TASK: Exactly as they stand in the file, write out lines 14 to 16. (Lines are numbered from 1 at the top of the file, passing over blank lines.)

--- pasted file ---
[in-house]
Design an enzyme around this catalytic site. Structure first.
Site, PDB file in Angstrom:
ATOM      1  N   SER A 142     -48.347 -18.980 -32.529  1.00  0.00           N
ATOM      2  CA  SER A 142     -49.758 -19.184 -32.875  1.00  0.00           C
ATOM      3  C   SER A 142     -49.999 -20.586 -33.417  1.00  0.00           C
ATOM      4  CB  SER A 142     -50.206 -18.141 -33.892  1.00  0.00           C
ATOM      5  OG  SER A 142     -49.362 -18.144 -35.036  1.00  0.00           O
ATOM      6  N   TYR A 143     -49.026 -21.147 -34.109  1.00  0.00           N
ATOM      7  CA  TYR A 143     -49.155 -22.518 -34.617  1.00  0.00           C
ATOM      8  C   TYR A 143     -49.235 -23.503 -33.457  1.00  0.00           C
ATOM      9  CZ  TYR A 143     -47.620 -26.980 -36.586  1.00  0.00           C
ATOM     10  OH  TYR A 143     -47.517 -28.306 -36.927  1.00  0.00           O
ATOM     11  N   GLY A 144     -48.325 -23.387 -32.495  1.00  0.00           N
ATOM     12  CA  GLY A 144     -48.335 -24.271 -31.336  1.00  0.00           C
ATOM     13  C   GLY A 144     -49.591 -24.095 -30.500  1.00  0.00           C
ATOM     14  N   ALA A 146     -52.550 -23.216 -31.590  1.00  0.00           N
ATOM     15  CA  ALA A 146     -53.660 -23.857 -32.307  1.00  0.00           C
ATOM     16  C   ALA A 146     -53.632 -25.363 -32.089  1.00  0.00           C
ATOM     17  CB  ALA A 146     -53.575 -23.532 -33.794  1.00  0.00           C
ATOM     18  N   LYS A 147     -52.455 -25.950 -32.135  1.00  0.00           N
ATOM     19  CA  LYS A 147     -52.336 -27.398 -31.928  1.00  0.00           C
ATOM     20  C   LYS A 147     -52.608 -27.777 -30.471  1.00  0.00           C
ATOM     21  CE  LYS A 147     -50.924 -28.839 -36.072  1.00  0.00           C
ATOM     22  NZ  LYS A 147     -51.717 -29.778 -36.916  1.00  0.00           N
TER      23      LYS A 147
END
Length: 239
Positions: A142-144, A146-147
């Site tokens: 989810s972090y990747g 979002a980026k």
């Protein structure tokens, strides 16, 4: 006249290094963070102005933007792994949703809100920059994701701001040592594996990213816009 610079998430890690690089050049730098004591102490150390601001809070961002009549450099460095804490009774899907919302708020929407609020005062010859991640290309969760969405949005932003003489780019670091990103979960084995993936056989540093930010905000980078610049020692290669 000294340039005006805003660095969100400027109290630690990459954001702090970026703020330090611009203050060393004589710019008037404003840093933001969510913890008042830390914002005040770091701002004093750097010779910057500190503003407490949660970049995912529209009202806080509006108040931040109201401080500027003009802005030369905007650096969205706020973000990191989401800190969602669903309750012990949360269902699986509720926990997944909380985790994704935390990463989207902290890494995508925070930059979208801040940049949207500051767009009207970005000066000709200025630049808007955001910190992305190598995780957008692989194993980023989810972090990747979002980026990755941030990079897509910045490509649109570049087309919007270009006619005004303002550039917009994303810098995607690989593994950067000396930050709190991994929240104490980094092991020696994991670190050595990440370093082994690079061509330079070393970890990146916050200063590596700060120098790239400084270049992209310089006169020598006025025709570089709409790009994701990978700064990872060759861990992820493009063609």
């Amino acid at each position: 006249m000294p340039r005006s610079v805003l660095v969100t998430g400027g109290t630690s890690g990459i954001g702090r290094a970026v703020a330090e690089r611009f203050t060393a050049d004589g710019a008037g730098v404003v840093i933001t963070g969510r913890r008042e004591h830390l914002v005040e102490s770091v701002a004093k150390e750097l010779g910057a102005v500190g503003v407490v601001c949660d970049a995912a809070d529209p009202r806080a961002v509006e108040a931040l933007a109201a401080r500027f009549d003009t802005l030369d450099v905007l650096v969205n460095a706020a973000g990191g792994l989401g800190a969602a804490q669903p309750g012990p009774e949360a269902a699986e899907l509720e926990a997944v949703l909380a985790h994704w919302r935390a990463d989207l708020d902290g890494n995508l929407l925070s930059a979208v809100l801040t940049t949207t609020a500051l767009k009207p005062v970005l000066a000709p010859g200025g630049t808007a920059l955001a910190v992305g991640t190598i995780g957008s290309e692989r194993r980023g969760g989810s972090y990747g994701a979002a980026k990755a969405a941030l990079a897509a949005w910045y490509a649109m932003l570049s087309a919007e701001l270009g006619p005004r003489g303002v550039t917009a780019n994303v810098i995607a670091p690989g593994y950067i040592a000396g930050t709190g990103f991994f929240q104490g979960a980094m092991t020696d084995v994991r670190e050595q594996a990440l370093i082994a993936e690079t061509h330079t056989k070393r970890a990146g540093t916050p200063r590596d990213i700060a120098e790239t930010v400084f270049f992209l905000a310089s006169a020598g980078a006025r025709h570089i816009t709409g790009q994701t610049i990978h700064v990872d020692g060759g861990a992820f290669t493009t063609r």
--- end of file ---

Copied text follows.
ATOM     11  N   GLY A 144     -48.325 -23.387 -32.495  1.00  0.00           N
ATOM     12  CA  GLY A 144     -48.335 -24.271 -31.336  1.00  0.00           C
ATOM     13  C   GLY A 144     -49.591 -24.095 -30.500  1.00  0.00           C